GILC's VIEW: On the impact of AI on claims

Growing consumerism, the globalisation of supply chains, the emergence of new technologies and the need to innovate are driving an increase in product liability claims around the world. In particular, electronics, software and digital devices are now subject to a wider range of claims, including those involving cyber security and data privacy.

The emergence of new technological platforms and tools, such as artificial intelligence and their increasing integration into daily life – both at home and at work – has presented issues for legislators and regulators alike.

Despite the recent spike in interest in AI, this exciting sphere is still poorly understood; and, although technology and data protection legislation is becoming more common globally, regulations that are specific to AI are still a work in progress.

Given how quickly AI technologies have become commonplace, product liability concerns for the companies that make and sell AI-powered technology seem likely to arise in the very near future.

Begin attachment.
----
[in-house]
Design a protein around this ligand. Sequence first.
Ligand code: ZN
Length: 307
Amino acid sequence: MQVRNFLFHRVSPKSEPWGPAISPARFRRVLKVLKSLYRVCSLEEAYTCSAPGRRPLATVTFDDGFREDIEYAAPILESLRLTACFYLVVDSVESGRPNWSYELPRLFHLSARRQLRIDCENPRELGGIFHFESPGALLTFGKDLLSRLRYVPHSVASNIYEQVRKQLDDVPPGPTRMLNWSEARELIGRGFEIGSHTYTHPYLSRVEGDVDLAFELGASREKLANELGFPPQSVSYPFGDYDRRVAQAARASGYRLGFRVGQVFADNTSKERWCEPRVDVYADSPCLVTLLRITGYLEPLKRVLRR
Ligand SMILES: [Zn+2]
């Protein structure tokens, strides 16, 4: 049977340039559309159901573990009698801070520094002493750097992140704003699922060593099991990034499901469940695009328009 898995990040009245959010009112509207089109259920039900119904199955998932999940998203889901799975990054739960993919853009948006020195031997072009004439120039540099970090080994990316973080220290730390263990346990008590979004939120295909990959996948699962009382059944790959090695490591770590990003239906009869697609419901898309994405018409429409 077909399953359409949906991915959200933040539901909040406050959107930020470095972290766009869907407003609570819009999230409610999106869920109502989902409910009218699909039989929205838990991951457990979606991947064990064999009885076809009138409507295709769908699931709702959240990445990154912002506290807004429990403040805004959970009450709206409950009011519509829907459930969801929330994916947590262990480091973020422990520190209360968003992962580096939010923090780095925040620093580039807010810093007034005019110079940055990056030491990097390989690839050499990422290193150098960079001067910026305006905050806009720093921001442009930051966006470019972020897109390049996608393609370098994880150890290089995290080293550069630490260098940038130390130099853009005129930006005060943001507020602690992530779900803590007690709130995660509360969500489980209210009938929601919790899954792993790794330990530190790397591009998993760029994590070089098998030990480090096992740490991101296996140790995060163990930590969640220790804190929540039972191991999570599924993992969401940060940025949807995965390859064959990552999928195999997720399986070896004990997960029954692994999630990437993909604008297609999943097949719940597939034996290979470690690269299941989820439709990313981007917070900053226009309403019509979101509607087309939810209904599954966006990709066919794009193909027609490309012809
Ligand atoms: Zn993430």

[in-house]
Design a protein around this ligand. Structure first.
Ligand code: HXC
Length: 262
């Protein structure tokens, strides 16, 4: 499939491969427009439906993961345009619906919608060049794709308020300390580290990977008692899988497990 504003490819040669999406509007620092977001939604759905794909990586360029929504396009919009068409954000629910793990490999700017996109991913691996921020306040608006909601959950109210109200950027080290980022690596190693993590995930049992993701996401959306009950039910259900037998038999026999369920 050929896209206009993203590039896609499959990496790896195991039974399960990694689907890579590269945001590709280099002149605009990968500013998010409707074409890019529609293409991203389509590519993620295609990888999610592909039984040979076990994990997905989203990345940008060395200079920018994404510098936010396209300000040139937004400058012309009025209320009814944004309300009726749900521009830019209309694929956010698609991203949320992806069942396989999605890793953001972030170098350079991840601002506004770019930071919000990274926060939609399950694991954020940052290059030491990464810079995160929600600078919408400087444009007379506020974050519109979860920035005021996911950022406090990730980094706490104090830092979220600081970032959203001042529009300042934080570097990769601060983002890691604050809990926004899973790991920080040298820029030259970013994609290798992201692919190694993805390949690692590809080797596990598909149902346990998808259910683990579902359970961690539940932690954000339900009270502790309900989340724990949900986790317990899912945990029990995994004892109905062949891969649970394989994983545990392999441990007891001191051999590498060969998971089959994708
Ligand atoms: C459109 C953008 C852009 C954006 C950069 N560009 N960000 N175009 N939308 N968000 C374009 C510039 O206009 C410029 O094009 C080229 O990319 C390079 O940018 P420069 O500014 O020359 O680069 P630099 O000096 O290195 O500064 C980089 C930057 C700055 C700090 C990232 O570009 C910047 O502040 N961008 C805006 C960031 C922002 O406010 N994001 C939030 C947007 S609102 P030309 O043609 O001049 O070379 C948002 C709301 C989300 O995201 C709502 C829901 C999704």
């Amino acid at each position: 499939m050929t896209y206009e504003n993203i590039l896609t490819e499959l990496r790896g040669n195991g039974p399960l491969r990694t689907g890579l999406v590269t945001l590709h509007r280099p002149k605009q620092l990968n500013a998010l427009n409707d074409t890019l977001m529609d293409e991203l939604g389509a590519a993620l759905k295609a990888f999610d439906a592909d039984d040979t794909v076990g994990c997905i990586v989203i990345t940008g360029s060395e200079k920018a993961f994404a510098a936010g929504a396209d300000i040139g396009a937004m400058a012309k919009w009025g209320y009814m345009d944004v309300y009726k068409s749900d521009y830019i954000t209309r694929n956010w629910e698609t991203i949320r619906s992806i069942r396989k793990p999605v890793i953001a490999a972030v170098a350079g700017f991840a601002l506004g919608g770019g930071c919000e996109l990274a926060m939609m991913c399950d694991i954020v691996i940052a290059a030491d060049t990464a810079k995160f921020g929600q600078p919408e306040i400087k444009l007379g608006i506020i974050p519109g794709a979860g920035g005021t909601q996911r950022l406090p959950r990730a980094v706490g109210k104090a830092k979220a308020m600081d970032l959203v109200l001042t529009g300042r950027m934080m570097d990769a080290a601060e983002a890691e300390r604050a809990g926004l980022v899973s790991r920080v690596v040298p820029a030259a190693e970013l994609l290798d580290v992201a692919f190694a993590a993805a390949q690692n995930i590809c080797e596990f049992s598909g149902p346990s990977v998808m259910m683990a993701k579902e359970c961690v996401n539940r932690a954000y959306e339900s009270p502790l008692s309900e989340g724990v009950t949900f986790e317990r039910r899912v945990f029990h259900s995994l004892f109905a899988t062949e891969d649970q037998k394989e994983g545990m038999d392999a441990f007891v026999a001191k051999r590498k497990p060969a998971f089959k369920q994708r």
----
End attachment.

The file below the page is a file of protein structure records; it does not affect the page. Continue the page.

The scope of claims in many industries, not least in the technology-driven sectors, can be expected to increase considerably as a result of the proposed changes to the European Union’s Product Liability Directive. The directive, as it currently stands, imposes effectively strict liability on manufacturers for defective products that cause physical harm to consumers.

However, due to complex nature of AI and the blurring of lines between products and services, its role has been a challenge to establish. If the EU directive is passed, it would ensure the definition of AI as a product that the hardware or software producer is accountable for, while easing the burden of proof placed on claimants for damage it has caused.

In this rapidly evolving market, insurers in my own country, Italy and around the world will need to be alert to new exposures and opportunities alike.



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